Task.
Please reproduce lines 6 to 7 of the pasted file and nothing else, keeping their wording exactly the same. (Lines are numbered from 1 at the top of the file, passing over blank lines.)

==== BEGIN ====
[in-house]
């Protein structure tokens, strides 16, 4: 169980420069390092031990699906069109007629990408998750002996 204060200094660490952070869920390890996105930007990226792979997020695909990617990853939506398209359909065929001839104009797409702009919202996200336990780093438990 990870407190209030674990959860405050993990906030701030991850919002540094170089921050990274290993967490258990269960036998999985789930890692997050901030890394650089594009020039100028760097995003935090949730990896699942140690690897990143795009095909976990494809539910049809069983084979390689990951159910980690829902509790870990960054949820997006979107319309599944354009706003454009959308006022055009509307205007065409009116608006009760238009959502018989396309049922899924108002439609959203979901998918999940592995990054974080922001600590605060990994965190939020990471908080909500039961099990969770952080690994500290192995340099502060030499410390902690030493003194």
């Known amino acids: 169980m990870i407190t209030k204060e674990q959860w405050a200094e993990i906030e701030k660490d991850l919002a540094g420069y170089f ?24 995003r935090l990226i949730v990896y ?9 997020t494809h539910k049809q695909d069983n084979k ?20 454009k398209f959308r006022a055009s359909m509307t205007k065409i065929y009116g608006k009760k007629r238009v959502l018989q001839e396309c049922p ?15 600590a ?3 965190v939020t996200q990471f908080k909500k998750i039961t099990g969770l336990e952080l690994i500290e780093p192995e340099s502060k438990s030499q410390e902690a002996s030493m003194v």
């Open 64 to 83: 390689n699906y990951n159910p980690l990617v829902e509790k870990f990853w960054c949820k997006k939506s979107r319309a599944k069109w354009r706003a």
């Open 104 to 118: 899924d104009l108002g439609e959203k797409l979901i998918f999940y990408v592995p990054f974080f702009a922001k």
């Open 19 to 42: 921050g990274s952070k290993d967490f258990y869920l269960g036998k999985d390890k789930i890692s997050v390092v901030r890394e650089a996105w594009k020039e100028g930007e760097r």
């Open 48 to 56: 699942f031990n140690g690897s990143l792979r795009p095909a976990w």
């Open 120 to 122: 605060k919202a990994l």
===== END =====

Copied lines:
């Open 19 to 42: 921050g990274s952070k290993d967490f258990y869920l269960g036998k999985d390890k789930i890692s997050v390092v901030r890394e650089a996105w594009k020039e100028g930007e760097r």
């Open 48 to 56: 699942f031990n140690g690897s990143l792979r795009p095909a976990w």